I’ll touch on the topic of “should a bird bath be in the sun or shade” in greater detail below.
Hiding In The Shade: The Best Time To Tuck Your Bird Bath Away From The Sun
On the other hand, tucking your birdbath away in the shade is also a great idea in some situations. Most importantly, it makes a lot of sense to place it in the shade when you live in a particularly warm climate.
As an example, let’s say you live in Central Florida in the Orlando area. For those who aren’t from here, it’s very hot and humid roughly 6-7 months out of the year. And the other months are typically warm, although the temperature might drop into the 30s at night in November, December, or January.
Placing a birdbath in direct sunlight in Central Florida is a bad idea. Not only will the water evaporate very quickly, it will also get too hot and uncomfortable. Sure, the birds will be able to clean themselves, but in all likelihood, they won’t enjoy the experience.
Your fine feathered friends deserve better than that. They deserve to enjoy cool waters and a comfortable bathing experience whenever possible. So, take your birdbath out of the direct sunlight and place it in the shade to improve their comfort as much as possible.
Are There Other Factors To Consider When Positioning A Bird Bath?
Although deciding whether a birdbath should be positioned in the sun or shade is a major consideration, it’s far from the only one to keep in mind. Other potential factors to consider include the following:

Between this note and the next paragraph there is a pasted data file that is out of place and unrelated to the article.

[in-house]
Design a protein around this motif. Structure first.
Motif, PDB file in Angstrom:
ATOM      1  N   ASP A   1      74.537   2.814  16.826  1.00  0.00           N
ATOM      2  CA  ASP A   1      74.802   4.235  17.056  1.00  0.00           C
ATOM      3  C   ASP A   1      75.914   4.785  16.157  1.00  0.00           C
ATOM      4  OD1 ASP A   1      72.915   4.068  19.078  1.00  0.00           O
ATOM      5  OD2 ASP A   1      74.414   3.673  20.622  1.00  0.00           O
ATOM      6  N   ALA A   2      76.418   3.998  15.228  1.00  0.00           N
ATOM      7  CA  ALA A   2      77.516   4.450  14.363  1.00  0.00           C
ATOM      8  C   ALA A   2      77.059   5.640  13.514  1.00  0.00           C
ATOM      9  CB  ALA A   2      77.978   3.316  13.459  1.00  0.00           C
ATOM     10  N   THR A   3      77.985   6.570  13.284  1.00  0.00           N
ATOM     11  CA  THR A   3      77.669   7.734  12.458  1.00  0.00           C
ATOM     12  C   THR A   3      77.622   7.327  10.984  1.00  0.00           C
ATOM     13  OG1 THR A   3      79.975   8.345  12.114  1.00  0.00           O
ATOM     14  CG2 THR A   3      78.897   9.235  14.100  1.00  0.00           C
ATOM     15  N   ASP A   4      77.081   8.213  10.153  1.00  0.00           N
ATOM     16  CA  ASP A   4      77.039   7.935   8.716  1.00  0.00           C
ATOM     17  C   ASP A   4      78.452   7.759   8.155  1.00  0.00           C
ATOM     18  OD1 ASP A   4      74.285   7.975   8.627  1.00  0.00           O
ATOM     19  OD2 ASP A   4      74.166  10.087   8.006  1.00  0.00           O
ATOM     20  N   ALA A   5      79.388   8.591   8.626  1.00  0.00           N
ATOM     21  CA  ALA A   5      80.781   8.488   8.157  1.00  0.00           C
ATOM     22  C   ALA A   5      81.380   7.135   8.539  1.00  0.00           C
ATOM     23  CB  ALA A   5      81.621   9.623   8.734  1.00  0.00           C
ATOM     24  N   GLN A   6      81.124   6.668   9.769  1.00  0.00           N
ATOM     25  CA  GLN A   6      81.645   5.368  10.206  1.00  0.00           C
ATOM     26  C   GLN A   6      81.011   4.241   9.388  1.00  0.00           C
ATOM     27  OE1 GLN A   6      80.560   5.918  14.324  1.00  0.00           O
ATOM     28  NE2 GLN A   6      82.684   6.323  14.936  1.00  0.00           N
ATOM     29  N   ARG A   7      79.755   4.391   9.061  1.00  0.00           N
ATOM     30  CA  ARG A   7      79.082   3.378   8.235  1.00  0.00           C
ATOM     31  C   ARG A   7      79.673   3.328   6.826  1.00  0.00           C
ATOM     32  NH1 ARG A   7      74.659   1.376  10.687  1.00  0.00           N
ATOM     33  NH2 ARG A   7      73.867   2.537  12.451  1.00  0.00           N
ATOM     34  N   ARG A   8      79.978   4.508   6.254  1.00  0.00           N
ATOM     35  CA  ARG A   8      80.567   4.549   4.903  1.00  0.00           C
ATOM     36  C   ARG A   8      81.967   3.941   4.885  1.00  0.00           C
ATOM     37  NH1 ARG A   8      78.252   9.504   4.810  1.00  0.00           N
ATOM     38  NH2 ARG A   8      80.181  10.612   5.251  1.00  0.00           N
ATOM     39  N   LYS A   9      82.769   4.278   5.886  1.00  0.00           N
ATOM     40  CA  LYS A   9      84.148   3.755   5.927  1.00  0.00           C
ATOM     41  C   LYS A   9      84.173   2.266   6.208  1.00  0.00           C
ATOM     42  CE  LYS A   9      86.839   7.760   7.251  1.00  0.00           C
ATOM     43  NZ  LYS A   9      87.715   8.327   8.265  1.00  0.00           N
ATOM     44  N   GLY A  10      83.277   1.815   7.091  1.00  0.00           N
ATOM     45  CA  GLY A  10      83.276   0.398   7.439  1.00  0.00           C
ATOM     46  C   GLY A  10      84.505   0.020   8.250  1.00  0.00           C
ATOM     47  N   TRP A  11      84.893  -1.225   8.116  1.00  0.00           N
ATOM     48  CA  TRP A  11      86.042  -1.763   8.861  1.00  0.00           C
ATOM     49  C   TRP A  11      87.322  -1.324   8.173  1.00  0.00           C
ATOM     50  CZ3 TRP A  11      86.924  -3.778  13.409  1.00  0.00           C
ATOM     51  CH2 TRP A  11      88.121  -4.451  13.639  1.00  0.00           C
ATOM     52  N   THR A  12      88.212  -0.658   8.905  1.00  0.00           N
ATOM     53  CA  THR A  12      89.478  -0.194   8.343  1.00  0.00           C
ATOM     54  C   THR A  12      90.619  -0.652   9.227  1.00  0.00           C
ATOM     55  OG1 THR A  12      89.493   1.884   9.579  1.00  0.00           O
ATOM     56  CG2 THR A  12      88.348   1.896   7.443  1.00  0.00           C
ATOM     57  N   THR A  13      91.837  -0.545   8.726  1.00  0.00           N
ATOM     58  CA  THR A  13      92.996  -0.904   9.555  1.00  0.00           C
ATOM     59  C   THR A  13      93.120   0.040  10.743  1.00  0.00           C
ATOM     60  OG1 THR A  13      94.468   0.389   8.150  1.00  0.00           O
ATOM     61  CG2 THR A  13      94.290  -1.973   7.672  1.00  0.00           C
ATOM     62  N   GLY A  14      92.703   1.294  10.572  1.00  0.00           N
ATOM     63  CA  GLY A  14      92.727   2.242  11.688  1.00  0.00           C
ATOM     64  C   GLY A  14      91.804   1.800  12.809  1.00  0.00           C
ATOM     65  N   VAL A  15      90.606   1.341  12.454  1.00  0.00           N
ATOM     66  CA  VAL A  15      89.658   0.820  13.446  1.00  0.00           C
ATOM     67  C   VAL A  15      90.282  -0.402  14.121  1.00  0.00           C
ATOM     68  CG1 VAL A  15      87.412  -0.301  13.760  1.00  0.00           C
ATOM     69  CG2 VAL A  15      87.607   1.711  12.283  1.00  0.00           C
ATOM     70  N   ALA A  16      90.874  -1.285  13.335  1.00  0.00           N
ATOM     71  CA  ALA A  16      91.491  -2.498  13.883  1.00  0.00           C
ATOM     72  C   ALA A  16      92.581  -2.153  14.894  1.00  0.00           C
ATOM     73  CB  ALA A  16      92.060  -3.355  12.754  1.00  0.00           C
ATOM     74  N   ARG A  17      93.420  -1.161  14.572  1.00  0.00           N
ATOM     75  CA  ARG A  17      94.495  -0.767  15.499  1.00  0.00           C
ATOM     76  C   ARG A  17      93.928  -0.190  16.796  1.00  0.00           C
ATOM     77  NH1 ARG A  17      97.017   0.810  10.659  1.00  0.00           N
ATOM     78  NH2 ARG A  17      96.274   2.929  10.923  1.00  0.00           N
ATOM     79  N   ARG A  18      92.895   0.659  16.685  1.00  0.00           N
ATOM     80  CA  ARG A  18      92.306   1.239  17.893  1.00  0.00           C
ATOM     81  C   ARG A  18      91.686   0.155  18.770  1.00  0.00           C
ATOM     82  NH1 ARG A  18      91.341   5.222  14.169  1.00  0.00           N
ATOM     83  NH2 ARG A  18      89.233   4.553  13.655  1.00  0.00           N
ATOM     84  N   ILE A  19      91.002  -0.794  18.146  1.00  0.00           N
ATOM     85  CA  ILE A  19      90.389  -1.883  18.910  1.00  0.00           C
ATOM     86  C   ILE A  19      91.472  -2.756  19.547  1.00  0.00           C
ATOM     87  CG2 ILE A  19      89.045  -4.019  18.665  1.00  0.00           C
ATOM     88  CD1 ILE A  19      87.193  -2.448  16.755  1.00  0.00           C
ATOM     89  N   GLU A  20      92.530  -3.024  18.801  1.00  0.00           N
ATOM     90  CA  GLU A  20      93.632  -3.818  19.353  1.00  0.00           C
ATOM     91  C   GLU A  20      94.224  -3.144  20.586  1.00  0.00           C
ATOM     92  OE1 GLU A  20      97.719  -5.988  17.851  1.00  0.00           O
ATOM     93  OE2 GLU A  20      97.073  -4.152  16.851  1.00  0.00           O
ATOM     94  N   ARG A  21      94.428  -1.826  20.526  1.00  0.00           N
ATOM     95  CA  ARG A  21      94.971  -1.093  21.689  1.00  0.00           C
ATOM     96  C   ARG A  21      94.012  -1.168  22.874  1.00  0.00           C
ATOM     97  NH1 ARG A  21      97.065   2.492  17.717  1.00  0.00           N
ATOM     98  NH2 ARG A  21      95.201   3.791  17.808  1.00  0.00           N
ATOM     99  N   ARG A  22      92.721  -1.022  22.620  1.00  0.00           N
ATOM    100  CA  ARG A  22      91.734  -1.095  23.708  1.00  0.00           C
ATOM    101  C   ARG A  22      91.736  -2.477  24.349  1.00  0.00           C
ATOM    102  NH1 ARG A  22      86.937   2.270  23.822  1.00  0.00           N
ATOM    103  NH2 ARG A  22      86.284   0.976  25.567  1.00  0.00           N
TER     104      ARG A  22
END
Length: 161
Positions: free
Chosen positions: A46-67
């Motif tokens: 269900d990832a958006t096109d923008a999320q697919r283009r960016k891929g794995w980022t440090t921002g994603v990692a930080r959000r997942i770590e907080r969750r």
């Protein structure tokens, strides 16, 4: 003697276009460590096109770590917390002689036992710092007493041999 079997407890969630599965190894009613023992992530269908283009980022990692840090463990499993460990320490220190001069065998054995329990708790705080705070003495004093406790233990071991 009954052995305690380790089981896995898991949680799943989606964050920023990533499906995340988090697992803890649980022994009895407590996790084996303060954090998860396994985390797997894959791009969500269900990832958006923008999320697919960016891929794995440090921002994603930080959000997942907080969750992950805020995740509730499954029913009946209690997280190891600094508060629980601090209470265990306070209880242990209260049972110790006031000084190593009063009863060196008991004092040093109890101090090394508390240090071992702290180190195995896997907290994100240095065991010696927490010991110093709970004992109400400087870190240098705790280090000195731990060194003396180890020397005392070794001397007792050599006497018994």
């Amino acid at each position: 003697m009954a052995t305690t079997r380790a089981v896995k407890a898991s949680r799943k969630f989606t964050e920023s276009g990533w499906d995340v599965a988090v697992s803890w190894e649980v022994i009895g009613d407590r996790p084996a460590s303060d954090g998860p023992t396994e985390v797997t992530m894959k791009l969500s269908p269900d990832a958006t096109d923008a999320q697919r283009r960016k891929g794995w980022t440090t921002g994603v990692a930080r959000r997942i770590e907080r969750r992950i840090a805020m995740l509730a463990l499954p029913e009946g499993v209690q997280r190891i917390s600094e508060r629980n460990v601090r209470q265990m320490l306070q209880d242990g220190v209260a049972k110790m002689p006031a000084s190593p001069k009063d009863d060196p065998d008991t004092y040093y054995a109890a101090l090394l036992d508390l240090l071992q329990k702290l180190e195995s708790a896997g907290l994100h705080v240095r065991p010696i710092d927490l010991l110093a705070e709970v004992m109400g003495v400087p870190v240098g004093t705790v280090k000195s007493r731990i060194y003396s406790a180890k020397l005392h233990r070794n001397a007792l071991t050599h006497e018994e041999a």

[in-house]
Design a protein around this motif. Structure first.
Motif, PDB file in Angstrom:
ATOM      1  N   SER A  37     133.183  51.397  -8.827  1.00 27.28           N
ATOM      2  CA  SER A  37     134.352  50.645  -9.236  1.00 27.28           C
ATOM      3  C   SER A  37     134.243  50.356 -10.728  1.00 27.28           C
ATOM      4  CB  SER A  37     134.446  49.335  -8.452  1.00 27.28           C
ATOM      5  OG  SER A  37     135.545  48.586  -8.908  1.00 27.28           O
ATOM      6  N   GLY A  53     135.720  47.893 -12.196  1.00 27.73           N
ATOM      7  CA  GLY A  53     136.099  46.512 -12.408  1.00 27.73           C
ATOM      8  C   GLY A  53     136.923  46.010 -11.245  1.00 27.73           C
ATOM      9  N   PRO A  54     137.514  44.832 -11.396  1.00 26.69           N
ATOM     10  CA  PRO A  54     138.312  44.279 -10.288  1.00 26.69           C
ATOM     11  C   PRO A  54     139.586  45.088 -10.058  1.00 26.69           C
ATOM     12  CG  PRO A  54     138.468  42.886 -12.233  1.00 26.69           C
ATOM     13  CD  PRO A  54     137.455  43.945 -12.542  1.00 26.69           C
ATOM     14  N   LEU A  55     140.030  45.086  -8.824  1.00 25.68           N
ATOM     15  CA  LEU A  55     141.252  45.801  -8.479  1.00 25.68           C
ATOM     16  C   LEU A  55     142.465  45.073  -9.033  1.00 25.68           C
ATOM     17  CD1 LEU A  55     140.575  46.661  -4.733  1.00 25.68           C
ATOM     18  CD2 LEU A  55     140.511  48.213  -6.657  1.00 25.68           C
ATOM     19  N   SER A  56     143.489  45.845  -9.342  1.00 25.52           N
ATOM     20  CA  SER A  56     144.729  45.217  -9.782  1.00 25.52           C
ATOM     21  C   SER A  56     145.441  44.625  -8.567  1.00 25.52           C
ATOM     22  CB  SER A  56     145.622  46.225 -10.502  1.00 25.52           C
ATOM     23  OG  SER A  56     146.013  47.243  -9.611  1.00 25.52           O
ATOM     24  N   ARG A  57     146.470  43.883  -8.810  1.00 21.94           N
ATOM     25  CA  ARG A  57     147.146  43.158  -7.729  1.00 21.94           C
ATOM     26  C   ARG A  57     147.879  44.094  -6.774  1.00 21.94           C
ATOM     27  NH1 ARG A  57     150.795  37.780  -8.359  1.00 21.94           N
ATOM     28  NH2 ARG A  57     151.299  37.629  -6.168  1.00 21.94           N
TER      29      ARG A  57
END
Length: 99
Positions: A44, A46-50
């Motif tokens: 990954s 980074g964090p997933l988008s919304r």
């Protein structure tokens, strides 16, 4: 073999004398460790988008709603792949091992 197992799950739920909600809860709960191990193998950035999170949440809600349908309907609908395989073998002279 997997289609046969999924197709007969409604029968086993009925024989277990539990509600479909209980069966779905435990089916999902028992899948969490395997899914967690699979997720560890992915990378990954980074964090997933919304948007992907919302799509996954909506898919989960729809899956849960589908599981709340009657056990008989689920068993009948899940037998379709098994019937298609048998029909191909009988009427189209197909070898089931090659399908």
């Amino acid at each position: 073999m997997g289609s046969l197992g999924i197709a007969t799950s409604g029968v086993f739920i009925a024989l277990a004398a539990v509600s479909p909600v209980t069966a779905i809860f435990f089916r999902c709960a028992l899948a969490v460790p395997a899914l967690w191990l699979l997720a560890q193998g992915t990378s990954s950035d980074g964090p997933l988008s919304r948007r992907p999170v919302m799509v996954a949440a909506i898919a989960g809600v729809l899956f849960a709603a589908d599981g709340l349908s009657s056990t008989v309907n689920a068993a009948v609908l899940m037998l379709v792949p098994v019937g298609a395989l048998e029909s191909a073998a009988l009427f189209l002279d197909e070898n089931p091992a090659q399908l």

Positioning your birdbath for cleanliness is of the utmost importance. Otherwise, you may accidentally place it under a tree with an abundance of leaves or directly underneath one or more of your bird feeders.
Guess what? It’s always wise to keep your birdbath away from trees. This will prevent seeds, blooms, leaves, and branches from falling in them and dirtying the water.
How does visibility factor into bird bath placement? Well, it’s going to be impossible for birds to use your bath if they have no idea that it’s there. Make sure you place it in plain sight so the birds in your local community know exactly where to find it.
Finally, you need to consider your personal wants and needs when positioning a birdbath.
What do I mean? Maybe you’d like to be able to see your birdbath from one or more of your windows without having to go outside. You’ll benefit by placing it close to your favorite window to deliver the best viewing experience.
This is really important and it’s something you really need to take into consideration. You bought this birdbath to provide cool and thirst-quenching water for your feathered friends. But you also deserve to get the most enjoyment possible, so keep your own wants and needs in mind throughout the placement process.